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Latitude: 51.4621 / 51°27'43"N
Longitude: -0.1733 / 0°10'23"W
OS Eastings: 526996
OS Northings: 175264
OS Grid: TQ269752
Mapcode National: GBR 5Z.81
Mapcode Global: VHGR4.YJ70
Entry Name: Former Gala Bingo Hall
Listing Date: 1 May 1998
Source: Historic England
Source ID: 1119730
English Heritage Legacy ID: 469252
Location: Wandsworth, London, SW11
Electoral Ward/Division: Northcote
Built-Up Area: Wandsworth
Traditional County: Surrey
Lieutenancy Area (Ceremonial County): Greater London
Church of England Parish: Battersea St Peter and St Paul
Church of England Diocese: Southwark
TQ 27 NE
ST JOHN'S HILL, SW11
Former Gala Bingo Hall
Former Granada Cinema, became bingo club after July 1980. 1937 by Cecil Masey, H R Horner and Leslie Norton, with interior design by Theodore Komisarjevsky. Brick with rendered dressings. Auditorium lies parallel to St John's terminating in a high stage house 'fly tower'. Rounded profile to entrance on left-hand corner, with further rounded angles on facade facing Plough Road, inspired by contemporary Dutch modernist work. Five paired windows on first floor above main entrance surrounded by Moderne mouldings in painted render. Roundel windows at second floor level and parapet with channelled brickwork. Long line of windows on St John's Hill front lit former cafe (now offices).
Interior. Simply decorated wind lobby leads to double-height foyer with galleries on two sides, stairs on the third side and mirrors between pilasters on the upper half of the fourth side - which gives an impression of greater space. Pilasters with composite capitals at upper level. Wrought iron balustrade to balconies and stairs. Ceiling divided by beams, suspended from which are elaborate double stage glass chandeliers whose shades have castellated tops. Upper level on auditorium side forms foyer to balcony with walls of arch-topped mirrors flanked by barley-sugar detached columns and niches. Large auditorium on two levels originally seated approximately 3,001 spectators, with elaborate classical decoration in fibrous plaster. Proscenium has triple superimposed pilasters with composite capitals, surmounted by an entablature and a frieze of scrolling acanthus leaves. Stage area now accommodates extra bingo tables, but remains separately defined, reached via steps. Ante-proscenium splay walls arranged as plinth, main storey and attic with acanthus decoration extended overall from the proscenium frieze. Plinths with coupled consoles of fish-scale decoration supporting decorated frieze at string level. Main storey treated as tripartite composition with central niches (flanked by twin half-columns under segmental pediments) filled with allegorical painted panels of classical female figures to symbolise music. Flank panels in openwork fibrous plaster mask ventilation grilles. Serpentine fronted balcony typical of Cecil Masey's work, the ends terminating in three rows of cascading 'loge' seating. Junction of ante-proscenium splay with balcony walls masked by angle features in the form of coupled round-headed niches divided by a pilaster and embellished with arabesques, masks of tragedy and comedy and with festoons in the tops. Balcony side walls with hexagonal ashlar blockwork in the plaster and three twin niches separated by colonettes with barley-sugar twists. Entrance to balcony via two vomitories against the side walls. Ceiling over front stalls area enriched with central roundel with arabesque decoration supporting large round light fitting with castellated shades as in foyer; flanking subsidiary roundels. Main ceiling over balcony with central attic section, all enriched with arabesque and scrolling acanthus. Original seating in balcony , with seat end standards enriched with classical decoration. Honeycomb decoration on rear balcony wall. Balcony soffit with coffering in rear section.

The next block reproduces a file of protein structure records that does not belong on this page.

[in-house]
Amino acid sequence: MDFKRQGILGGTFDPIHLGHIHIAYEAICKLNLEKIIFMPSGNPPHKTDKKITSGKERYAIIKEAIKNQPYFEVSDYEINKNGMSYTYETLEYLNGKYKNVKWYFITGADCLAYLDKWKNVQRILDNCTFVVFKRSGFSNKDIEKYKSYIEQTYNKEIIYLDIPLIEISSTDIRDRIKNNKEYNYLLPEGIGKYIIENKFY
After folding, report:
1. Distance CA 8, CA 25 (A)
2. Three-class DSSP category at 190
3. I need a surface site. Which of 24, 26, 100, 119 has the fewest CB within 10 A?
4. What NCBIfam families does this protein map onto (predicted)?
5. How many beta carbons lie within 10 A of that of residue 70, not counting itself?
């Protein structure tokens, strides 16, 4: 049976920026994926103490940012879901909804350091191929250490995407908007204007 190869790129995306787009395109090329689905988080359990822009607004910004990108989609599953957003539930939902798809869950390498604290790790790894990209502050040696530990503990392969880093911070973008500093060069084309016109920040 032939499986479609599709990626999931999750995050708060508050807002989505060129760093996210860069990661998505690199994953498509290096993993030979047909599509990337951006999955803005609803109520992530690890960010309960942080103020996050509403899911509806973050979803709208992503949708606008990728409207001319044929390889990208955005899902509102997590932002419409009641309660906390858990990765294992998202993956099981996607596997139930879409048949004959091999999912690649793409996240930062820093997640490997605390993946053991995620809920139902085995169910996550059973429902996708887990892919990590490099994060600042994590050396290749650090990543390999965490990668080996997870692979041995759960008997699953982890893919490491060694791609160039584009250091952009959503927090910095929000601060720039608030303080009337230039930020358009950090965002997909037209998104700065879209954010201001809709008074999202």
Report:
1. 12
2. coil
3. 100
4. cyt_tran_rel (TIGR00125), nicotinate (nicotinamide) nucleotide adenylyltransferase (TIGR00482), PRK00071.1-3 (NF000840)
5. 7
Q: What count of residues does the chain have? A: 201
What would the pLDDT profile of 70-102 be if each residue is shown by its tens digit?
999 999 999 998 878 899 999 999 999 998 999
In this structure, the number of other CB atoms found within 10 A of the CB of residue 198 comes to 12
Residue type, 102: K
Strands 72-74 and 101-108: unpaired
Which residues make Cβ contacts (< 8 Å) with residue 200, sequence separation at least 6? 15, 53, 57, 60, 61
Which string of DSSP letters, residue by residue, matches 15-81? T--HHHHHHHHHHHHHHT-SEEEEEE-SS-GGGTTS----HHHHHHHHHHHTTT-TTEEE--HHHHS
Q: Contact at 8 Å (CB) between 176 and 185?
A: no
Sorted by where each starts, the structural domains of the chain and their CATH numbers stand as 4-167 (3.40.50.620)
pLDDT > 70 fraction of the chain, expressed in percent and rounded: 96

Included because of the exceptional elaboration and quality of the decoration by Komisarjevsky, the most remarkable designer of cinema interiors to work in Britain. This is his most ambitious surviving scheme in the clasical mode, and is outshone only by his two listed Gothic works- at Tooting (LB Wandsworth) and Woolwich (LB Greenwich). The interior represents the culmination in the genre of the sumptuosly decorated super cinema of the 1930's, a style celebrated by the promoter of this cinema, Sidney, later Lord Bernstein, as escapist and luxurious atmosphere most appropriate for a night out for the masses at the time.
Sources: David Atwell, Cathedrals of the Movies', 1980, Richard Gray, Cinemas in Britain', 1996.
Listing NGR: TQ2699675264
This text is from the original listing, and may not necessarily reflect the current setting of the building.
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